More than ever, management consulting firms must better focus their efforts on managing projects for profitability — or be content doing without profits altogether, cautions a report issued recently by the Aberdeen Group.
As anyone heading up a management consulting firm could attest, the more moving parts in a business, the trickier it is to sustain an atmosphere of visibility and control.
In its Delivering Project Profitability: On Time and Under Budget report, Aberdeen researchers try to identify to what lengths specifically-tailored technology tools can help companies, including management consultancies, get a handle on this flurry of activity — and to concurrently bump them into the higher echelons of their field.
Over and above a host of sweeping external influences, not the least of which is an economy that can’t seem to decide in which direction it’s heading, today’s businesses contend with a host of very specific project pressures. Prominent among them? A fear of errors due to the impact they can have on an already bone-skinny profit margin.
As a starting point, Aberdeen nominates 4 key performance criteria to distinguish best-in-class firms.
To be considered among their ranks, companies have to deliver: 91% of their projects early or on time; 96% of their projects within budget; a 7% average overrun on those not delivered within budget; a 37% improvement in project profitability, year over year.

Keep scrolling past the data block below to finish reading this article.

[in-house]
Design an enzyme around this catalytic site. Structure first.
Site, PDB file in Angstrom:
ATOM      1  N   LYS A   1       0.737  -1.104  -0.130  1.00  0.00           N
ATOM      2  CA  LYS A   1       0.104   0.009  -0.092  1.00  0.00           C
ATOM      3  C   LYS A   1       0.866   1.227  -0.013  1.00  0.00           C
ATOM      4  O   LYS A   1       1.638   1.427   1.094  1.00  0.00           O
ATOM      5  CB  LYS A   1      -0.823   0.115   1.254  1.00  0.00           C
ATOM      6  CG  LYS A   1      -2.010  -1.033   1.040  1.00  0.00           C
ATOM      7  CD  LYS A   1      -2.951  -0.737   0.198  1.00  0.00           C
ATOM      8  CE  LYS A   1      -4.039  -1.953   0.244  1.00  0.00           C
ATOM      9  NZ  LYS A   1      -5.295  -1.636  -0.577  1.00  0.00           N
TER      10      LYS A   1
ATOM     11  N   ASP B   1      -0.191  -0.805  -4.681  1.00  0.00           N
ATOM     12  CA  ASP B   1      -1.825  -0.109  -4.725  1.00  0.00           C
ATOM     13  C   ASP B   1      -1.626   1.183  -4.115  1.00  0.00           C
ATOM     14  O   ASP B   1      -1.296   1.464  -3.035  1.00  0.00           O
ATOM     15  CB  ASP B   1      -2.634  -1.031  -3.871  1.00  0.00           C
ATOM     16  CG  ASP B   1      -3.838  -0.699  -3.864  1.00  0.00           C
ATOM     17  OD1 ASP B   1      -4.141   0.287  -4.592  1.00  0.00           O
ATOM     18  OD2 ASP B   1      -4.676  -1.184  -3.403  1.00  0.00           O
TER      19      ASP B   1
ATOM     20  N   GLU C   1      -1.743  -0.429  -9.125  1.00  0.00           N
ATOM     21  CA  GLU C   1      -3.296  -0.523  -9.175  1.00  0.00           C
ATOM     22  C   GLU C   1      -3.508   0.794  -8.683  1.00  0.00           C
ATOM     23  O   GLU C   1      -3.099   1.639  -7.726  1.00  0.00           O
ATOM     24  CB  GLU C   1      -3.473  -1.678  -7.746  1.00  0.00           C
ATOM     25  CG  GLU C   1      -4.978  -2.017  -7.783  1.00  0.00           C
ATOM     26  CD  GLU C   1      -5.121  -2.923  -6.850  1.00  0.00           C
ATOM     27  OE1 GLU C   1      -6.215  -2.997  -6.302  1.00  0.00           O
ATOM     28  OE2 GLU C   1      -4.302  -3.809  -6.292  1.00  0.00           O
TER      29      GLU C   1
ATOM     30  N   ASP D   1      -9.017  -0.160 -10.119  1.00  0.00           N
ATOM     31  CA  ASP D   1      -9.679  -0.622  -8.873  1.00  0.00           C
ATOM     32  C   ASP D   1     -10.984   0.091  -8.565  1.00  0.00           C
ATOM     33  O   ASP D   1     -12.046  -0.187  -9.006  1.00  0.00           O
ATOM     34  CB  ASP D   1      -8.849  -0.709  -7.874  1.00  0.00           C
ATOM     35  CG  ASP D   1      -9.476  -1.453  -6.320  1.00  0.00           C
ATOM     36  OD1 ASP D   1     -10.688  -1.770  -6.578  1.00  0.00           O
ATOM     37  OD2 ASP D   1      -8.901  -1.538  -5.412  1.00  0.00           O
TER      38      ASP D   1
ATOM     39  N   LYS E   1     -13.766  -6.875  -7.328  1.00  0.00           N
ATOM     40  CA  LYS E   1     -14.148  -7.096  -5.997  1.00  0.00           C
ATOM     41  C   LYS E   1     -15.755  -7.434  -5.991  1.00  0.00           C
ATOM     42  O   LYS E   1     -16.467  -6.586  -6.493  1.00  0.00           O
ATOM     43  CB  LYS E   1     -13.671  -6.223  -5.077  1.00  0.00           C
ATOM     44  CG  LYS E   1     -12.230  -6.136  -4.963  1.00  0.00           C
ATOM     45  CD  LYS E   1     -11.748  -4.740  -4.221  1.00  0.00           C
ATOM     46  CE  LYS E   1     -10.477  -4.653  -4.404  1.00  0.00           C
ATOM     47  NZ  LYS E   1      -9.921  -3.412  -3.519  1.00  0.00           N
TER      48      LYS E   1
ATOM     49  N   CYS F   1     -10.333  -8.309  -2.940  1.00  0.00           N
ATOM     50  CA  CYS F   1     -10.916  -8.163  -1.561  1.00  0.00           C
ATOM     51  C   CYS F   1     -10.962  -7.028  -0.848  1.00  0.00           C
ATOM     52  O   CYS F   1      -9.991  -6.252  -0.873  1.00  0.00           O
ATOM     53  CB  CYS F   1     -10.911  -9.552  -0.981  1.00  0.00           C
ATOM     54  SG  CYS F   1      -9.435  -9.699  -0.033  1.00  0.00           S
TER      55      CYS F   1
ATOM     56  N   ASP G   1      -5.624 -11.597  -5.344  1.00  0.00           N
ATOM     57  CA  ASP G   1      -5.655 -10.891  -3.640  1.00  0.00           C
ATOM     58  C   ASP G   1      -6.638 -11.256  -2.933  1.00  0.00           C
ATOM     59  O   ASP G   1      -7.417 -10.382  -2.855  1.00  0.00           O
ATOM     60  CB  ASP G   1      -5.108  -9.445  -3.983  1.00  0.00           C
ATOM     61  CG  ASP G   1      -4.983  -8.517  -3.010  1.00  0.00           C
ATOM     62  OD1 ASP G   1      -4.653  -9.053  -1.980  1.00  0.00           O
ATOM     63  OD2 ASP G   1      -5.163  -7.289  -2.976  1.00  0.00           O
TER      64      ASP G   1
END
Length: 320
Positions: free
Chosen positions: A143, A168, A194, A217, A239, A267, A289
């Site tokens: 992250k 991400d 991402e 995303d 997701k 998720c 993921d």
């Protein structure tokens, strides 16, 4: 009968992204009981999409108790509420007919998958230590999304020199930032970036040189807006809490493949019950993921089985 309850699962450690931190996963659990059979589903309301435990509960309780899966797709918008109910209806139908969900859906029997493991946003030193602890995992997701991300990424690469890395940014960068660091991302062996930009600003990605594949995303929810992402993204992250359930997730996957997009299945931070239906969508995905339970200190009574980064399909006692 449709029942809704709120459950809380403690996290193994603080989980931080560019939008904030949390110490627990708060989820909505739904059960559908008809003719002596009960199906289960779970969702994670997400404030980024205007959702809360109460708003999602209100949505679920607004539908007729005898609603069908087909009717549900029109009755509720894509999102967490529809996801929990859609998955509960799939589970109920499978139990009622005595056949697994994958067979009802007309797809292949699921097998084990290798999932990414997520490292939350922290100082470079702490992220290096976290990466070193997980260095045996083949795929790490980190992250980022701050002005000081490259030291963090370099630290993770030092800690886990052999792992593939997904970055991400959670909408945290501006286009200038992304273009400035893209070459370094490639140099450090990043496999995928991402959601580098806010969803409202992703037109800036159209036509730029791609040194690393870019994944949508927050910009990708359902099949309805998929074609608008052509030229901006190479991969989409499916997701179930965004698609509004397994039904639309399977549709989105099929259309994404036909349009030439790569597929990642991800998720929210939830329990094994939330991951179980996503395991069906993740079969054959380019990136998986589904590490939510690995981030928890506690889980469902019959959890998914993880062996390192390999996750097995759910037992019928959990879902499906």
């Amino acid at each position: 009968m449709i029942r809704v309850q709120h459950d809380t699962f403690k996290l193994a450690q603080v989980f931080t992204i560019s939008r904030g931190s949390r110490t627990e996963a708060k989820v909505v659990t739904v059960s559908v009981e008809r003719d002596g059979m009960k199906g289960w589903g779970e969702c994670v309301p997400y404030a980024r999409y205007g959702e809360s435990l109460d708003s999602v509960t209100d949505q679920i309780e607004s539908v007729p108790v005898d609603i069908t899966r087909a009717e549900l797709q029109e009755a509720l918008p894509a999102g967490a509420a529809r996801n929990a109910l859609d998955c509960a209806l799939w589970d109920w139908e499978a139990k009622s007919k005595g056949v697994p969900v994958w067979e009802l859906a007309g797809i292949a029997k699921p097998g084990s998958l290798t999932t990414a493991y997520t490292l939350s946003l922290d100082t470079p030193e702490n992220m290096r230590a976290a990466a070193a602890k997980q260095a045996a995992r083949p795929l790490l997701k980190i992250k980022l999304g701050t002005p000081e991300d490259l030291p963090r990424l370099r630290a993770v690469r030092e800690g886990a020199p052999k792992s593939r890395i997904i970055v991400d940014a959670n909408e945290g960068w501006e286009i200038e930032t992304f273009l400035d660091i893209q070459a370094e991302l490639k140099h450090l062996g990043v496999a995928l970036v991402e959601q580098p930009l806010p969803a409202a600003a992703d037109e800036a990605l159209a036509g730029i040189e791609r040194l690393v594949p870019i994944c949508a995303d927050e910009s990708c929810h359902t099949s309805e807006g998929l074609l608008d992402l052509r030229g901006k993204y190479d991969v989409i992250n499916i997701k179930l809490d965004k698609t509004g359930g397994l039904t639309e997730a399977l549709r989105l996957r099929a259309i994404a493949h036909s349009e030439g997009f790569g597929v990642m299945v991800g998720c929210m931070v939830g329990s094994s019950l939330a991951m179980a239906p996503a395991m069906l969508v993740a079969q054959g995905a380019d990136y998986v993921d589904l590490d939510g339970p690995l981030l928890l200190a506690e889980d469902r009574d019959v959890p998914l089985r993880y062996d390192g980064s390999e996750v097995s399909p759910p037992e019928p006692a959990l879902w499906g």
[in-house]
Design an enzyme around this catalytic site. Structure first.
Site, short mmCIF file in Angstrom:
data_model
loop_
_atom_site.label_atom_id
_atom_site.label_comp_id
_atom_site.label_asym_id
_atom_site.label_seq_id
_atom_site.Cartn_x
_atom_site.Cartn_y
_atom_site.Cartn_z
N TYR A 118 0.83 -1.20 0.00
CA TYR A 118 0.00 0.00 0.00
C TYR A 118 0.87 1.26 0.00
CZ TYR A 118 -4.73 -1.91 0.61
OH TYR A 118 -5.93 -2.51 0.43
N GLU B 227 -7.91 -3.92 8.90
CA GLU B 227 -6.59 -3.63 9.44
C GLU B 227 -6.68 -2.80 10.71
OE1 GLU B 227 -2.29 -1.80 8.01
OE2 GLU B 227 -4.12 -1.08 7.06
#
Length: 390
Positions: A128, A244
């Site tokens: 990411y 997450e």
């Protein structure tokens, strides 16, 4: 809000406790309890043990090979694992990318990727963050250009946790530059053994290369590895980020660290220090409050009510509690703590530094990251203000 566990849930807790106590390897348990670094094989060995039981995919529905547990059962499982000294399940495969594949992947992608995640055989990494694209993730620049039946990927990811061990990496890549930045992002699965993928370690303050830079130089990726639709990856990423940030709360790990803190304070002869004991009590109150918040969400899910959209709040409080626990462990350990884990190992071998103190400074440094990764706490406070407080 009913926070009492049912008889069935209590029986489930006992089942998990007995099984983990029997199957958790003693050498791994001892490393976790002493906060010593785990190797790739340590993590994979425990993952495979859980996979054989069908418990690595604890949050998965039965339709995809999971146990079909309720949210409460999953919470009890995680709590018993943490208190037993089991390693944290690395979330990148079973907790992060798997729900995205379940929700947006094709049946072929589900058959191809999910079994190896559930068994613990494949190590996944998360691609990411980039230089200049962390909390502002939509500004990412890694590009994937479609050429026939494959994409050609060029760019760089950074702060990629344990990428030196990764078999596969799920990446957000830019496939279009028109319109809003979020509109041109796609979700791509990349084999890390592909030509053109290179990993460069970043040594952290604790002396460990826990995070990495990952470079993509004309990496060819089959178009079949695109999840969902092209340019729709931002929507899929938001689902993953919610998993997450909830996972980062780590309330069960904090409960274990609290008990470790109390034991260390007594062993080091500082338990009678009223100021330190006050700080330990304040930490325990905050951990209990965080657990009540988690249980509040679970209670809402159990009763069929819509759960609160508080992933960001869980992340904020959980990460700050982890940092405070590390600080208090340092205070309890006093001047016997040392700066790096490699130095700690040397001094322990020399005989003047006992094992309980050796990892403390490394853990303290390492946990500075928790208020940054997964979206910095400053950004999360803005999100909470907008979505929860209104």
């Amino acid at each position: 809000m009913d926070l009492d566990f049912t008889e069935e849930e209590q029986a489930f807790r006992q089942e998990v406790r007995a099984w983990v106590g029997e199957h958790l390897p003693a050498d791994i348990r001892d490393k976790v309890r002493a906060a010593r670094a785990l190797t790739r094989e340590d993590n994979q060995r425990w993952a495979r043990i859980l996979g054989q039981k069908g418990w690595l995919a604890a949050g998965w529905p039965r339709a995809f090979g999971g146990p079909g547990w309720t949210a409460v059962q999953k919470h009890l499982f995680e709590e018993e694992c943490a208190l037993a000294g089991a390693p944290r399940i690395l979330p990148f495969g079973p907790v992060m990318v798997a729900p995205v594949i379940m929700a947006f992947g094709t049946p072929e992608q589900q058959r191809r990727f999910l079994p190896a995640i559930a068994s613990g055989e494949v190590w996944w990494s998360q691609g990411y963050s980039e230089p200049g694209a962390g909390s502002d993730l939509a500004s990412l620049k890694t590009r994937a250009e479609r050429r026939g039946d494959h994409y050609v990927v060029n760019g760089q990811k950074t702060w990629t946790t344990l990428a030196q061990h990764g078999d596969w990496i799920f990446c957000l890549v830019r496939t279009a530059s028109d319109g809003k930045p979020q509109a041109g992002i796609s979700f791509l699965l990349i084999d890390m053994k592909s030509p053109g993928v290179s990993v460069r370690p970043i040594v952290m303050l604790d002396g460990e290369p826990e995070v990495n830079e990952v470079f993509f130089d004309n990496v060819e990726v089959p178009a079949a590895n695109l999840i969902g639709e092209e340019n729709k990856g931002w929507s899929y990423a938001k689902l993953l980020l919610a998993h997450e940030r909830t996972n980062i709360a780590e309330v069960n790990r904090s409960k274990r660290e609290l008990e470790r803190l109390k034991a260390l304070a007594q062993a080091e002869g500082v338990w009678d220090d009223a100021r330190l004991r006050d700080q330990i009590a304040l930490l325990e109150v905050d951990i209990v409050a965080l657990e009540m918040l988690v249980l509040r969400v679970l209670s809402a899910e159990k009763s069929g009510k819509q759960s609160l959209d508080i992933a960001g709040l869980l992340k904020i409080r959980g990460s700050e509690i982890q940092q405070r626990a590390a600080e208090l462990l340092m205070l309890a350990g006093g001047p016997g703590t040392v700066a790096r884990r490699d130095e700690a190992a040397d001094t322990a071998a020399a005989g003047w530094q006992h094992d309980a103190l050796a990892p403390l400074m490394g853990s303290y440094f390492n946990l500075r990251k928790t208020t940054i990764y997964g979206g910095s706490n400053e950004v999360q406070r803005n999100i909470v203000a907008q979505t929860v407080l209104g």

And if you’re clever enough to earn a berth within this elite and careful grouping, survey results show that 53% of you have made the effort to define and document project management best-in-class practices. Further, you are 57% more likely to abandon project scheduling, management, reporting and costing applications in favour of an enterprise-level solution.
Firms that exchange their desktop-bound project management tools for enterprise applications certainly capitalize on their functionality. The level of insight and accountability into operational processes that enterprise applications allow means managers can quote more accurately. This provides a greater sense of consistency in all of their business doings.
Among the likeliest enterprise-level management tools employed by best-in-class firms, Aberdeen reports an almost equal distribution among those that oversee document management, collaboration and change management.
Similarly, top-performing companies have aided their projects’ on-time and under-budget capabilities by establishing a corporate culture that encourages seamless, cross-functional collaboration.
An operation with all of its seams showing is in peril of potentially fatal acts of miscommunication. And miscommunication is never pretty.
The leaders of management consulting firms that espouse a practice of open contact are in a better position to outline expectations to their employees responsibly, says Aberdeen. Staffers from these companies, in turn, feel both equipped and empowered to achieve the common goal of delivering high-quality projects in a timely manner.
Profits, suggests the Aberdeen report, in all their pretty glory, should follow.
Read the Aberdeen report on Delivering Project Profitability: On Time and Under Budget.